Improving Care for Late-Life Depression Through Partnerships With Community-Based Organizations: Results From the Care Partners Project

Am J Geriatr Psychiatry. 2024 May;32(5):586-595. doi: 10.1016/j.jagp.2023.12.006. Epub 2023 Dec 15.


Objectives: Collaborative care (CC) has demonstrated effectiveness for improving late-life depression in primary care, but clinics offering this service can find it challenging to address unmet social needs that may be contributing to their patients' depression. Clinics may benefit from better coordination and communication with community-based organizations (CBO) to strengthen depression treatment and to address unmet social needs. We evaluated the feasibility of adding a CBO to enhance standard collaborative care and the impact of such partnered care on older adults.

Design: Multisite, prepost evaluation.

Setting: Eight (n = 8) partnerships between primary care clinics and community-based organizations in California.

Participants: A total of 707 depressed older adults (60 years or older) as evidenced by having a score of 10 or more on the Patient Health Questionnaire (PHQ-9) received care under the Care Partners project.

Intervention: A CBO partner was added to augment CC for late-life depression in primary care.

Measurements: The PHQ-9 was used to identify depressed older adults and to monitor depression symptom severity during a course of care.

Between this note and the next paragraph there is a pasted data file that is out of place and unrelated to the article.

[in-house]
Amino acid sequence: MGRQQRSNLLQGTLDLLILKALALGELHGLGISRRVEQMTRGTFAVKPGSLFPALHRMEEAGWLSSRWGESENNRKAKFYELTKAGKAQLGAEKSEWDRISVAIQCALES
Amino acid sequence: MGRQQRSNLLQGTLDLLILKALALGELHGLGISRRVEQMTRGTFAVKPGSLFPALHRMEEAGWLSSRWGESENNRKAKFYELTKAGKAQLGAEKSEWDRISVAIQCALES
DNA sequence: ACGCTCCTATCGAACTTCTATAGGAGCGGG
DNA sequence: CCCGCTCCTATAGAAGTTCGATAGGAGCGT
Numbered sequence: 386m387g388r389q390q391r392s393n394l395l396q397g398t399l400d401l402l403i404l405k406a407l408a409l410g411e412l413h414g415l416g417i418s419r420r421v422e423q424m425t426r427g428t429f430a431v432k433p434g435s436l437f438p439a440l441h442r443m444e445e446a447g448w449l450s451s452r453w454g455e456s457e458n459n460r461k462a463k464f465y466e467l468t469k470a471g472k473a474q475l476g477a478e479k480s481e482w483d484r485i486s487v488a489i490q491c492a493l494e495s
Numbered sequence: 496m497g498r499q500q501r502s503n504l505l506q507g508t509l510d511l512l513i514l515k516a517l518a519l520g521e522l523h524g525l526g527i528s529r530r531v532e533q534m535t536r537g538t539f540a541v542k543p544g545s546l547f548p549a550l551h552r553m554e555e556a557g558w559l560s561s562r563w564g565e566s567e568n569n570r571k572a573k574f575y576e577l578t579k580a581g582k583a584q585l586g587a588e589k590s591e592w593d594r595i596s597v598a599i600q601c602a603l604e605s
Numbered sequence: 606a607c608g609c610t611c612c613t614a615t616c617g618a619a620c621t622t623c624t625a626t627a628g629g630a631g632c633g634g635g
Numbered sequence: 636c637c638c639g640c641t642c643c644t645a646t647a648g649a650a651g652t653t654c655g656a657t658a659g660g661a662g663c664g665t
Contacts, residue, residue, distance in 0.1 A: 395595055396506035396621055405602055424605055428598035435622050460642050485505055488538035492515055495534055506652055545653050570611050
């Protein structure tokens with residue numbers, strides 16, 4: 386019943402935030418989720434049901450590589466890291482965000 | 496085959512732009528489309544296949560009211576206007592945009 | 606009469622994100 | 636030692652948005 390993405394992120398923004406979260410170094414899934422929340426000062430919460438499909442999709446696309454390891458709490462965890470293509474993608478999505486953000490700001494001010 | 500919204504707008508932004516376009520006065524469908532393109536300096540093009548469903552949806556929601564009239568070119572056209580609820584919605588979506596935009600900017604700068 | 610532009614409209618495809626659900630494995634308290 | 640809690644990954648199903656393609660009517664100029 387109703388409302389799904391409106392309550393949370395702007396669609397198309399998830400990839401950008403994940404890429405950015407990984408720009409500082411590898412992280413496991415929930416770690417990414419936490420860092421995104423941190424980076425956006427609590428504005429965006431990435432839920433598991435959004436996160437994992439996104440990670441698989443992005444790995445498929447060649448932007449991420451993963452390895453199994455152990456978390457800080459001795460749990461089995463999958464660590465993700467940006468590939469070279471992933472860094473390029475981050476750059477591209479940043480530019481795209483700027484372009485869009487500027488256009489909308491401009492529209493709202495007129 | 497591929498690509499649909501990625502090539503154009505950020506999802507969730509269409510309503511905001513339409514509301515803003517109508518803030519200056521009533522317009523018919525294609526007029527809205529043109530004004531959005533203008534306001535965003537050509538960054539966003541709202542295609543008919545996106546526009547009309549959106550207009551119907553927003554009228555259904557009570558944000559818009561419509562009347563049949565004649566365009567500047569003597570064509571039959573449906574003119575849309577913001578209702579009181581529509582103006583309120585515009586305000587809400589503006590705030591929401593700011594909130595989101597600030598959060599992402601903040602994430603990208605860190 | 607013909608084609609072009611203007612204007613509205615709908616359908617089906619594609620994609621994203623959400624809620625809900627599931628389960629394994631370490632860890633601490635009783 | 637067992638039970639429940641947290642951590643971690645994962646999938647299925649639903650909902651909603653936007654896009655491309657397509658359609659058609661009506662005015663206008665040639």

Results: At baseline, the average PHQ-9 depression score across the partnerships was 15, indicating moderate depression severity. Participating patients saw an average 7-point reduction in their PHQ-9 score, baseline to last score assessed, with nearly half of all participants (48.4%) experiencing a 50% or greater improvement from their baseline score.

Conclusions: Our findings suggest that partnering with a community-based organization is a feasible and effective way for primary care clinics to address late-life depression in their patients.

Keywords: Collaborative care; community-based organizations; late life depression; partnership; peer support; social determinants of health; unmet social needs.

MeSH terms

  • Aged
  • Caregivers
  • Depression* / therapy
  • Depressive Disorder* / therapy
  • Humans
  • Quality Improvement